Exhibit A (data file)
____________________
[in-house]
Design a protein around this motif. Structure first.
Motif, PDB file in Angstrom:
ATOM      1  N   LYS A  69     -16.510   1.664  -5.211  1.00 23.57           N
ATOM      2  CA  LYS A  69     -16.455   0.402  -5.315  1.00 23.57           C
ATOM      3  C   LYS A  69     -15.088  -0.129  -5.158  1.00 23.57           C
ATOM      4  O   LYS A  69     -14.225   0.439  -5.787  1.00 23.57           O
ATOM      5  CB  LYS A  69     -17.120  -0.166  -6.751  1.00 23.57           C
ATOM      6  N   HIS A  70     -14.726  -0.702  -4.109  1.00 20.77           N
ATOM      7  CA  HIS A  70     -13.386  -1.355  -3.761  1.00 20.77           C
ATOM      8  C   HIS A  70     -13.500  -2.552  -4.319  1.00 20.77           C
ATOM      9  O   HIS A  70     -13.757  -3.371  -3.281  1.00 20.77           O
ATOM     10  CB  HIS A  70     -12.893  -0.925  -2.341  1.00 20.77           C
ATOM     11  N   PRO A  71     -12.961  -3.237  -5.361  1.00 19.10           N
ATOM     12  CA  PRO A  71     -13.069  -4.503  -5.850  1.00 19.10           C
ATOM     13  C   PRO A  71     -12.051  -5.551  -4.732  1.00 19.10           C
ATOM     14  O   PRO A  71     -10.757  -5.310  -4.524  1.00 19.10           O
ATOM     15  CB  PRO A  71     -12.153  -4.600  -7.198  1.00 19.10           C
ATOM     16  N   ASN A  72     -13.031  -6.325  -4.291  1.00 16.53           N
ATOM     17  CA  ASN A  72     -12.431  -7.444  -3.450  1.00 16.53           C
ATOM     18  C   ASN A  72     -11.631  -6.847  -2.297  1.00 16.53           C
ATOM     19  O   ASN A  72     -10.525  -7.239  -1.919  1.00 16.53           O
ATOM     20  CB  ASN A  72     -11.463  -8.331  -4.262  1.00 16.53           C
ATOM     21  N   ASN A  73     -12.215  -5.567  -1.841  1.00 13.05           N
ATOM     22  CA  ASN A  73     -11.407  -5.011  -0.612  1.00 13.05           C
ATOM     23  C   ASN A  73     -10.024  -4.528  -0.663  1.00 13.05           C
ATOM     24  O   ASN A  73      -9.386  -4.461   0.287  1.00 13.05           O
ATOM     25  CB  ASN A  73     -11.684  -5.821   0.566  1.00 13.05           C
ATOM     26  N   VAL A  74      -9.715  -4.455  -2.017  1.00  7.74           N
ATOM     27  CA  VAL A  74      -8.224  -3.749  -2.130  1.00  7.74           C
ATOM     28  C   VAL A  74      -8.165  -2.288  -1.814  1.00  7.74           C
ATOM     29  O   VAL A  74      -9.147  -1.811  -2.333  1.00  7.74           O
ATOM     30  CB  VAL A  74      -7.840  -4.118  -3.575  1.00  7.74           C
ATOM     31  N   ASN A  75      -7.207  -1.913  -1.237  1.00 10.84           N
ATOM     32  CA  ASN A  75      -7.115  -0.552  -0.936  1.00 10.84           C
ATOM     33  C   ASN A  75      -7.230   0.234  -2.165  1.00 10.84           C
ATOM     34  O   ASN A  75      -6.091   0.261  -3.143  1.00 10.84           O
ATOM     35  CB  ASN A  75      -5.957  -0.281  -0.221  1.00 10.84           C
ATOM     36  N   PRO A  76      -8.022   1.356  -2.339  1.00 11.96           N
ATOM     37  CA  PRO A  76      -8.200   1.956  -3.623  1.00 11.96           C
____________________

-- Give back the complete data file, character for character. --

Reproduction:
[in-house]
Design a protein around this motif. Structure first.
Motif, PDB file in Angstrom:
ATOM      1  N   LYS A  69     -16.510   1.664  -5.211  1.00 23.57           N
ATOM      2  CA  LYS A  69     -16.455   0.402  -5.315  1.00 23.57           C
ATOM      3  C   LYS A  69     -15.088  -0.129  -5.158  1.00 23.57           C
ATOM      4  O   LYS A  69     -14.225   0.439  -5.787  1.00 23.57           O
ATOM      5  CB  LYS A  69     -17.120  -0.166  -6.751  1.00 23.57           C
ATOM      6  N   HIS A  70     -14.726  -0.702  -4.109  1.00 20.77           N
ATOM      7  CA  HIS A  70     -13.386  -1.355  -3.761  1.00 20.77           C
ATOM      8  C   HIS A  70     -13.500  -2.552  -4.319  1.00 20.77           C
ATOM      9  O   HIS A  70     -13.757  -3.371  -3.281  1.00 20.77           O
ATOM     10  CB  HIS A  70     -12.893  -0.925  -2.341  1.00 20.77           C
ATOM     11  N   PRO A  71     -12.961  -3.237  -5.361  1.00 19.10           N
ATOM     12  CA  PRO A  71     -13.069  -4.503  -5.850  1.00 19.10           C
ATOM     13  C   PRO A  71     -12.051  -5.551  -4.732  1.00 19.10           C
ATOM     14  O   PRO A  71     -10.757  -5.310  -4.524  1.00 19.10           O
ATOM     15  CB  PRO A  71     -12.153  -4.600  -7.198  1.00 19.10           C
ATOM     16  N   ASN A  72     -13.031  -6.325  -4.291  1.00 16.53           N
ATOM     17  CA  ASN A  72     -12.431  -7.444  -3.450  1.00 16.53           C
ATOM     18  C   ASN A  72     -11.631  -6.847  -2.297  1.00 16.53           C
ATOM     19  O   ASN A  72     -10.525  -7.239  -1.919  1.00 16.53           O
ATOM     20  CB  ASN A  72     -11.463  -8.331  -4.262  1.00 16.53           C
ATOM     21  N   ASN A  73     -12.215  -5.567  -1.841  1.00 13.05           N
ATOM     22  CA  ASN A  73     -11.407  -5.011  -0.612  1.00 13.05           C
ATOM     23  C   ASN A  73     -10.024  -4.528  -0.663  1.00 13.05           C
ATOM     24  O   ASN A  73      -9.386  -4.461   0.287  1.00 13.05           O
ATOM     25  CB  ASN A  73     -11.684  -5.821   0.566  1.00 13.05           C
ATOM     26  N   VAL A  74      -9.715  -4.455  -2.017  1.00  7.74           N
ATOM     27  CA  VAL A  74      -8.224  -3.749  -2.130  1.00  7.74           C
ATOM     28  C   VAL A  74      -8.165  -2.288  -1.814  1.00  7.74           C
ATOM     29  O   VAL A  74      -9.147  -1.811  -2.333  1.00  7.74           O
ATOM     30  CB  VAL A  74      -7.840  -4.118  -3.575  1.00  7.74           C
ATOM     31  N   ASN A  75      -7.207  -1.913  -1.237  1.00 10.84           N
ATOM     32  CA  ASN A  75      -7.115  -0.552  -0.936  1.00 10.84           C
ATOM     33  C   ASN A  75      -7.230   0.234  -2.165  1.00 10.84           C
ATOM     34  O   ASN A  75      -6.091   0.261  -3.143  1.00 10.84           O
ATOM     35  CB  ASN A  75      -5.957  -0.281  -0.221  1.00 10.84           C
ATOM     36  N   PRO A  76      -8.022   1.356  -2.339  1.00 11.96           N
ATOM     37  CA  PRO A  76      -8.200   1.956  -3.623  1.00 11.96           C